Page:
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Terminology

A definition list of terminology used by Request Tracker
  • Ticket - A central place to store information about a single, specific issue.  Each ticket has a number as an identifier (e.g., ticket 105) , and all information related to the ticket, regardless of the contributor, is displayed chronologically in a single web page in RT.

  • Queue - A queue is a high level grouping for tickets.  Each ticket resides in a single queue, and if necessary, a ticket can be moved from one queue to another.  Often queues are created based on who will be managing the queue, that is, what group of people will be responsible for resolving the issues in the queue.  For example, in Pathology Data Systems (PDS), the people who maintain control files are usually separate from those who maintain the code base.  Within the group of people who maintain the code base, PDS has three primary divisions:  CP, TM, and AP.  So one reasonable set of four queues for PDS might be Control Files, CP, TM, and AP.  By separating tickets into these hypothetical queues, the people who maintain control files can see control file related tickets without needing to sift through programming related tickets.  Similarly, the people who maintain the CP code base will not need to sift through a list of TM issues, etc.

  • Requestor - The person who is making the request, which is usually but not always the person entering the ticket into RT.

  • Status - The status of the ticket determines how much, if any, progress has been made in terms of resolving the issue.  RT has the following status options available.
    • new - The ticket is brand new and no one is working on it yet.  This is the default status when you create a new ticket.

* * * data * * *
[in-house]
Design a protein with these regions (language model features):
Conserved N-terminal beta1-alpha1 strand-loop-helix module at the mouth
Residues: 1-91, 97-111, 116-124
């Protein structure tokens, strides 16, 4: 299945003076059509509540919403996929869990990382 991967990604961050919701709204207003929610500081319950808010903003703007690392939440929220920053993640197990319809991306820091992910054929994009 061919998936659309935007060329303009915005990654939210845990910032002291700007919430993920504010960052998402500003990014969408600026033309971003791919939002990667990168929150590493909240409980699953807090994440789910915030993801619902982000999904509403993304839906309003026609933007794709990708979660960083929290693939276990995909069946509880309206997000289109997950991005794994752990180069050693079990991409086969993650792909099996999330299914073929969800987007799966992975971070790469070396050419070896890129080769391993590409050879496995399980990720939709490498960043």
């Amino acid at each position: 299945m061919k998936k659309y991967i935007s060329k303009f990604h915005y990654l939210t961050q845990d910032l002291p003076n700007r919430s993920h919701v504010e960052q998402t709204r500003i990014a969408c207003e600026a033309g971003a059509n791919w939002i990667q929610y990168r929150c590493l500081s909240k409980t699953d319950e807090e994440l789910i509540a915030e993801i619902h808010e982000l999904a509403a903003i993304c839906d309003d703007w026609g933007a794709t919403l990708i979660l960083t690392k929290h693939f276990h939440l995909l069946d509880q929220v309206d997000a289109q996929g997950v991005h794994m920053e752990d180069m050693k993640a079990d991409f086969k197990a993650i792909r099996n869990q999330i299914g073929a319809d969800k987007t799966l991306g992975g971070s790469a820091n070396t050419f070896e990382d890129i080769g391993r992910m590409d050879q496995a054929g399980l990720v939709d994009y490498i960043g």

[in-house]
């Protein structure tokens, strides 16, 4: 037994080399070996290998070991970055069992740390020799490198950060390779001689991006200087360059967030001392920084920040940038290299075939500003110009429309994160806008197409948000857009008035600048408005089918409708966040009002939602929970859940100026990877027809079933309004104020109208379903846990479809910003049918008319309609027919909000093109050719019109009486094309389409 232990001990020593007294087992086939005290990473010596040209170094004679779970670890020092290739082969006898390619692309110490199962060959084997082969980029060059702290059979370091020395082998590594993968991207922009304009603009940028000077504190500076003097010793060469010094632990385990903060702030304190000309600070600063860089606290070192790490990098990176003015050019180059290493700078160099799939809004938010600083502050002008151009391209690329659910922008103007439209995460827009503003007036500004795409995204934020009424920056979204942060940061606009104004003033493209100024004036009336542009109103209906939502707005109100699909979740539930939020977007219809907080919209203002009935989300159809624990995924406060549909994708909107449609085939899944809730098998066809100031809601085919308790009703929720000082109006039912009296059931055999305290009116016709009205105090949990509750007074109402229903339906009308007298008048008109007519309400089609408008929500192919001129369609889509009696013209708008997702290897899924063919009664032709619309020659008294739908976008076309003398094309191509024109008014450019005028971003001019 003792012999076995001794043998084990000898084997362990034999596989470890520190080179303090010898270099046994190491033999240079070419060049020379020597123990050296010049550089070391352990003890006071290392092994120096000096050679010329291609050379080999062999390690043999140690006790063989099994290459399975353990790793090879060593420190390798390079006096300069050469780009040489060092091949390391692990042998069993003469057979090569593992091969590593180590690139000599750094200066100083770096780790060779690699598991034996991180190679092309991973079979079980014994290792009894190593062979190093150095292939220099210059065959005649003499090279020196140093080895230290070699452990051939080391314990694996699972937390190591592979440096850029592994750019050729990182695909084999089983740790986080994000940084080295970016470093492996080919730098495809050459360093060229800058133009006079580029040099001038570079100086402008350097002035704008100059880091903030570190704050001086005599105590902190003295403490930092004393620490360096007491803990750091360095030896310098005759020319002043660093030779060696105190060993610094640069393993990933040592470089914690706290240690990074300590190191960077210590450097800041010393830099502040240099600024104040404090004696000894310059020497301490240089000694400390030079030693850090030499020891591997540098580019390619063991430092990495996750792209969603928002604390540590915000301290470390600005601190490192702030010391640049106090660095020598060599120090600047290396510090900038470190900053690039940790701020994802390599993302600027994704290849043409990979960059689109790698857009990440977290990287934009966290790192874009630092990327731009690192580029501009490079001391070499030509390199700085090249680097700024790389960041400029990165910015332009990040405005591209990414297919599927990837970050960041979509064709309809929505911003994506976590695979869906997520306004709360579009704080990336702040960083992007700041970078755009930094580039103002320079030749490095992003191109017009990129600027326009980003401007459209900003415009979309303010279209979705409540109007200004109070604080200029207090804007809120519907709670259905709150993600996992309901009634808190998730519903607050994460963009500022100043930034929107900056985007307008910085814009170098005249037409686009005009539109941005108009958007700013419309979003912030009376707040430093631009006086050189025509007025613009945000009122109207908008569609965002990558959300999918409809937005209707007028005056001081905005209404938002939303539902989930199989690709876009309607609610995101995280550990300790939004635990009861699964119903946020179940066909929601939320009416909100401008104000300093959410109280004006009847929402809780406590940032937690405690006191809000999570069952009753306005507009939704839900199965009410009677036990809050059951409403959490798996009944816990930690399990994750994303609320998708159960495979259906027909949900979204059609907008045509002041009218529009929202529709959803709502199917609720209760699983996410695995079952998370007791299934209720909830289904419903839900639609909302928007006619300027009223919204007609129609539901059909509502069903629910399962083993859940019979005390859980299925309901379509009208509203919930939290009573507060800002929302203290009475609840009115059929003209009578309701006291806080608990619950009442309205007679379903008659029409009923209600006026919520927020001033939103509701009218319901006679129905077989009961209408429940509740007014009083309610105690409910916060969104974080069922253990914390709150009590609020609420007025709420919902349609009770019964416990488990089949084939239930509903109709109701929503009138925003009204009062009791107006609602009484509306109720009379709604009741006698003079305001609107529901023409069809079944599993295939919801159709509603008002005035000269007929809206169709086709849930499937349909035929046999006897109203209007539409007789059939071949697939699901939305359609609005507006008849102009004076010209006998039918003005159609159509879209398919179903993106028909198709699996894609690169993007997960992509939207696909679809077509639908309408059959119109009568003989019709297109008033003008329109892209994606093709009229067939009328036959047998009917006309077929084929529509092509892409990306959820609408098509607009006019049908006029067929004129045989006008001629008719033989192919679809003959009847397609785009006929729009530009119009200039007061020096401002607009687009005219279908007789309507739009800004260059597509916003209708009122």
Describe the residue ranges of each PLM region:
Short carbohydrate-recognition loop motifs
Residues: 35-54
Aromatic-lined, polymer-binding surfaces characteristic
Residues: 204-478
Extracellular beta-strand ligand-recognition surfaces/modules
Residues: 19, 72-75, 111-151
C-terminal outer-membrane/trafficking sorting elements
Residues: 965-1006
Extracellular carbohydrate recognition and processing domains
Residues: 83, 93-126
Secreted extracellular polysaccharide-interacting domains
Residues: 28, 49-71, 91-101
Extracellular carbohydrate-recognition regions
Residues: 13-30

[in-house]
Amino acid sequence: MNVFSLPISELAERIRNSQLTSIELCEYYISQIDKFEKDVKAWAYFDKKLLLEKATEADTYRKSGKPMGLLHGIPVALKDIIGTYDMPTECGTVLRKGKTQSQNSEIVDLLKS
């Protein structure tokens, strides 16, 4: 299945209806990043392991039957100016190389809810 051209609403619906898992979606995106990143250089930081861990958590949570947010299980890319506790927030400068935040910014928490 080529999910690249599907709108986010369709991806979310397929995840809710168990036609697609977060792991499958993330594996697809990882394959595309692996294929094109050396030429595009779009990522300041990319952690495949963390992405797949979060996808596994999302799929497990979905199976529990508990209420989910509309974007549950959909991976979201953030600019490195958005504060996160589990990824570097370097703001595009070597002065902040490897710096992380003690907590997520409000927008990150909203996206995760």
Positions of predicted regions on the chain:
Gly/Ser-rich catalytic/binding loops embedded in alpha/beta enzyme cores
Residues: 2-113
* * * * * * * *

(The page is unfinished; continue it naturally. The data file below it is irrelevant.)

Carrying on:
• open - Someone is actively working on resolving the issue in the ticket.

    • stalled - Although some work has been done, the ticket needed to be put on the back burner, perhaps because of a need to address higher priority issues.

    • resolved - The issue in the ticket has been resolved.

    • rejected - Someone has determined that the ticket is not valid.  For example, someone reported a problem, but investigation reveals that the perceived bug is actually an intentional feature.

  • Owner - The person who is currently responsible for addressing the issue in the ticket.  The owner can- and should be changed when the responsibility for working on the issue changes.  For example, if a programmer has completed alpha testing and the code is ready to be turned over for testing, the owner should be change to the person responsible for that testing.

  • Cc - A list of e-mail addresses where e-mail messages will be sent when someone replies to- or resolves a ticket.  E-mail is not sent to anyone on this list when a comment is added to the ticket.

  • Admin Cc - A list of e-mail addresses where e-mail messages will be sent when someone replies to- or resolves a ticket.  E-mail is also sent to everyone on this list when a comment is added to the ticket.

  • Subject - A description of the issue in the ticket.  The subject is a primary identifier of the issue in the ticket, allowing people to find what they are looking for quickly.  Therefore, it is important for the subject to be concise and unambiguous.

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